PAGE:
WordCamp Phoenix 2018, which took place last weekend, was my second WordCamp. It was absolutely worth the flight to Phoenix, as the event was well organized and fun. I had a great time hanging out with some of the Red Earth Design, Inc. team members, meeting people in the WordPress community, and attending talks. Here are a few of my takeaways from the event.
WordPress is at the cutting edge
Since WordPress is an open source project, it can rapidly interface with new technologies. I had been hearing about how great GraphQL was as an alternative to REST APIs, so I was excited to hear Jason Bahl’s talk about WPGraphQL. I was encouraged to see that there is already a WordPress plugin that provides a GraphQL API for WordPress. I really enjoyed Jason's talk because he spent a lot of the time demonstrating the basic usage of the plugin and how it can be extended.
Having just released Plugin Notes Plus in the WordPress plugin repo, I'm interested in having an API available that provides data about the plugins installed on a site, including any plugin notes. I learned that the WPGraphQL plugin already provides a way to query plugins, so I could simply extend that endpoint to include plugin notes. During my free time at the WordCamp, I worked out the basics for how to accomplish that, so hopefully I can work that into a future release of Plugin Notes Plus.
Don't set too many goals
I attended Nathan Ingram’s workshop called "Taming the Whirlwind," which was about strategies to help a business succeed. Although I don’t run a business, I found some of the advice about setting goals interesting and useful.
One slide in particular stood out to me, which was data collected by the Franklin-Covey Institute about the number of goals a team set vs. achieved. According to the study, the more goals you have, the fewer you're likely to achieve. I'm sure there are nuances to this finding, but I have found it to be true in my experience that, the more goals or items on my to-do list, the less I'm able to focus on any one item.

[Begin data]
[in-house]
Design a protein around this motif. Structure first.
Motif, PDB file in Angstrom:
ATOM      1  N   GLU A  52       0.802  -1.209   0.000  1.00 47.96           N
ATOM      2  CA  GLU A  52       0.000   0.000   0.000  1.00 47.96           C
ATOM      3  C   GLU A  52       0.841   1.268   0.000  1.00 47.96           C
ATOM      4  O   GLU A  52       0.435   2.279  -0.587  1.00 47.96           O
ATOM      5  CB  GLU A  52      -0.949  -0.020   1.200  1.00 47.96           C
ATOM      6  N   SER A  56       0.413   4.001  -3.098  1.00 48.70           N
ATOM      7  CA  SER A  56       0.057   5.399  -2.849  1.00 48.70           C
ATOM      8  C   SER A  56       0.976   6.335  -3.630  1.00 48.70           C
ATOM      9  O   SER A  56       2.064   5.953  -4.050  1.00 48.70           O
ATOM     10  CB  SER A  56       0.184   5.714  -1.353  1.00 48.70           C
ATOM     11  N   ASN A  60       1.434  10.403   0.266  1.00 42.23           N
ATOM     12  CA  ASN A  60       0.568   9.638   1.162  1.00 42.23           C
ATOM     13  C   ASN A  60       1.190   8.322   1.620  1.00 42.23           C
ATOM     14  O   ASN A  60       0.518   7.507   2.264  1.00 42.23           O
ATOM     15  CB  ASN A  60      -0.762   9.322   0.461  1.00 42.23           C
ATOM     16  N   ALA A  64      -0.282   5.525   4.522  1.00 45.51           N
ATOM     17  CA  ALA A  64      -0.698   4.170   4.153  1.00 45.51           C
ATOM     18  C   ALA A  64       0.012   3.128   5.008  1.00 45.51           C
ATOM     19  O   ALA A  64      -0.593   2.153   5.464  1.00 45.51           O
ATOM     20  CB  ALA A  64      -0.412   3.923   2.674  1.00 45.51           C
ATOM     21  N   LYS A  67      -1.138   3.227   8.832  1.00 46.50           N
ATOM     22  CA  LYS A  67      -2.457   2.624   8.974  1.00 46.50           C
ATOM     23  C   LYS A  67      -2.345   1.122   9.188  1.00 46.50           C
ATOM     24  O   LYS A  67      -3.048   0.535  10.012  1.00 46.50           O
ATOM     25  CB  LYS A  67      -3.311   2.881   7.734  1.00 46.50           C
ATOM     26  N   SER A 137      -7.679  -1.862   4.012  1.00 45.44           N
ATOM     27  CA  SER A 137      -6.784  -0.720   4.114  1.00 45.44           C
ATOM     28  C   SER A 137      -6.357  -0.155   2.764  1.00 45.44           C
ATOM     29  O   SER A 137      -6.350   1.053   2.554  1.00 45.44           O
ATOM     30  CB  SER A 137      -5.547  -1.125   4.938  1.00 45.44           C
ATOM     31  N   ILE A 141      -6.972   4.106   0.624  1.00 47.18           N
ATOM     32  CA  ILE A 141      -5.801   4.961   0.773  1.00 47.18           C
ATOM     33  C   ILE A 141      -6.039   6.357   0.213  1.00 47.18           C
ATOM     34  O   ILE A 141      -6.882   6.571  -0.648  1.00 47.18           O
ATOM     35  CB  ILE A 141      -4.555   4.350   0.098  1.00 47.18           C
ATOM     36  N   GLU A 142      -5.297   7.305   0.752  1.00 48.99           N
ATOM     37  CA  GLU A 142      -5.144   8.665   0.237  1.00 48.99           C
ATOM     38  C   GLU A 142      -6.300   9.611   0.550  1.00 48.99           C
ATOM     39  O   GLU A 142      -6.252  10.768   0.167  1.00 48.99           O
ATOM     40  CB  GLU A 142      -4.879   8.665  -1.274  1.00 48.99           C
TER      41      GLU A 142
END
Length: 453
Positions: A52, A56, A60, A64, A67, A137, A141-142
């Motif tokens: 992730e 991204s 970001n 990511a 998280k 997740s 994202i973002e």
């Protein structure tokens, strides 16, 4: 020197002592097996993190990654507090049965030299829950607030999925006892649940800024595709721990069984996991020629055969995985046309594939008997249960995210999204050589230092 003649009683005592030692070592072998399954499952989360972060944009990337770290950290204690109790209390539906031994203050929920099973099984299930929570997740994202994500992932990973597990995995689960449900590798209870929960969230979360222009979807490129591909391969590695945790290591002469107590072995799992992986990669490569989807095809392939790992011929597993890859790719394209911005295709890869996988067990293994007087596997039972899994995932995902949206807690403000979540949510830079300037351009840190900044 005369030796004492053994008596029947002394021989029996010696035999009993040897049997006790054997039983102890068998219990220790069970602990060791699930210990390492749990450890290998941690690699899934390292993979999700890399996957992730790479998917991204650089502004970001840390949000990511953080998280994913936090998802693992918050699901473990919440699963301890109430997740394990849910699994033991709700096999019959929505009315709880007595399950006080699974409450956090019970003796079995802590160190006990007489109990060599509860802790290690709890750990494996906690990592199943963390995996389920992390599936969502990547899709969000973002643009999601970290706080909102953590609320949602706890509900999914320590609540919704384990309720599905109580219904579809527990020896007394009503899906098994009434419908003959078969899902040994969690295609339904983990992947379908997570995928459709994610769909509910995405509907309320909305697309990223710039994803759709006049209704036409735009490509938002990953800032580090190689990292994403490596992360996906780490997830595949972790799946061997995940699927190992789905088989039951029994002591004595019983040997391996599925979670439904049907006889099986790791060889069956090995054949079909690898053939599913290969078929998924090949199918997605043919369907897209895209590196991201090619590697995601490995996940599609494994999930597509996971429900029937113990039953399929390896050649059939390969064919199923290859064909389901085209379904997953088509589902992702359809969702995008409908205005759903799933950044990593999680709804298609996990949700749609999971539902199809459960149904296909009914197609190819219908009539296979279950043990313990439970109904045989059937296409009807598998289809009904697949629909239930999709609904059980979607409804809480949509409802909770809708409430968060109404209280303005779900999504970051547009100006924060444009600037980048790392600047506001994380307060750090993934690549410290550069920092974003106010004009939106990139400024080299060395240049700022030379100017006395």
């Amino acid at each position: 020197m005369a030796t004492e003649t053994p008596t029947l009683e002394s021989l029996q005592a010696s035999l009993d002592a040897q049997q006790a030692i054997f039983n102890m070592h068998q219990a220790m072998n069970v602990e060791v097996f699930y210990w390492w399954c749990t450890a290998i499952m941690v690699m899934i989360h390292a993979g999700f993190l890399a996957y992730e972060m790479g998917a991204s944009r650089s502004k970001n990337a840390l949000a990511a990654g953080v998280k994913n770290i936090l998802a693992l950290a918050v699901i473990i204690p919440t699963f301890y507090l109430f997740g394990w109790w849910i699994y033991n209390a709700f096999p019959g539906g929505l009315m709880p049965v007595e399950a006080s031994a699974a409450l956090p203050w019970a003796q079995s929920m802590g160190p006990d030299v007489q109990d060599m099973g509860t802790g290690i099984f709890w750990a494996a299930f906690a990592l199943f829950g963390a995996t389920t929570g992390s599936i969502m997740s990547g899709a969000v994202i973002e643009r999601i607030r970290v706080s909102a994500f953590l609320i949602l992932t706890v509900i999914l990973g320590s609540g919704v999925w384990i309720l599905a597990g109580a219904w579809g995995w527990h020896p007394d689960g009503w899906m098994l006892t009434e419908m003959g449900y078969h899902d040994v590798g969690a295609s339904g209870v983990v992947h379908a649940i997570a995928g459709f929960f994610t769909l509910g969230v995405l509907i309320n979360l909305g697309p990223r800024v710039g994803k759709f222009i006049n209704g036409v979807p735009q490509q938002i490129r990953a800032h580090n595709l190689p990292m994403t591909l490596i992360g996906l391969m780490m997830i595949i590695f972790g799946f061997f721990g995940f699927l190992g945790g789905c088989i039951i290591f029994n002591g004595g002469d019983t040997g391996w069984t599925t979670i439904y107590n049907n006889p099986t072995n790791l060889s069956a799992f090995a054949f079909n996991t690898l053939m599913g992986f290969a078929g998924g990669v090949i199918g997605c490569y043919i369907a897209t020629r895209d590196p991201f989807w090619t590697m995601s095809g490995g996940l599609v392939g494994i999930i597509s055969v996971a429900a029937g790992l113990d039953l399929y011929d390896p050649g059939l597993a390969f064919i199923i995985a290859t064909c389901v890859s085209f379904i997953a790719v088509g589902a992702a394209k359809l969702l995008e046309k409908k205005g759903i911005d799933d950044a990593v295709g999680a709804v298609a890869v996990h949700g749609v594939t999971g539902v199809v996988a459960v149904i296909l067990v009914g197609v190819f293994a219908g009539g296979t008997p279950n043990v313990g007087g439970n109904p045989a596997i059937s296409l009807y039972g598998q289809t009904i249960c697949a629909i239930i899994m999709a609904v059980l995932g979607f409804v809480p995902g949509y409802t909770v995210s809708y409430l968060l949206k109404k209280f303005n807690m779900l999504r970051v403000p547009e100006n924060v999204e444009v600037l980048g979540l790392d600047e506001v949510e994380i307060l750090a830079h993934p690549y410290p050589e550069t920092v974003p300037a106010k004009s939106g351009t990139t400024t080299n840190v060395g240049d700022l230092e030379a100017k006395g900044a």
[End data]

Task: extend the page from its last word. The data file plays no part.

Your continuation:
|Number of Goals||2-3||4-10||11-20|
Working with a team is like improv comedy
Amber Pechin gave a funny and entertaining talk about how teams can be more creative and successful by following the basic rules of improv comedy. For example, follow the "Yes, and …" rule when brainstorming with a team. And think of ways to set up your fellow team members to succeed. It wasn't anything I hadn't heard before, but it was motivating. Ideally, a team that works well together can produce something better than any individual member could have, and everybody can enjoy the team's successes, no matter what individual role they played.
My efforts at improving my workflow are paying off
I've spent a lot of time in the past couple of years refining my WordPress development workflow. Carl Alexander gave a well structured talk about the concepts behind automated WordPress deployments. I liked how most of this talk kept to the high-level concepts behind workflow, but he stopped at various intervals to give specific recommendations for tools and services. His talk helped solidify the way that I think about workflow best practices and also validated that I'm finally doing it the right way.
I'm too old
Possibly the most important takeaway from the event was having an elderly woman tell me that I’m too old. Here's what happened: I was sitting and waiting for the talk on WPGraphQL to begin when an elderly women wearing a sequined outfit entered the room and sat next to me. While WordCamps attract a refreshing diversity of demographics in their attendees, I remember being slightly surprised to see someone like her at a talk about WPGraphQL.
The woman turned to me and said, “I’m trying to sit next to the youngest person in the room. How old are you, young lady?” I'm pretty sure she expected me to tell her that I was 25 or so. However, I decided to tell her the truth. “I’m 36,” I said. Her reply was priceless: “Oh dear, you’re too old.” Shortly after, she got up and left. I'm still not quite sure what to make of that encounter.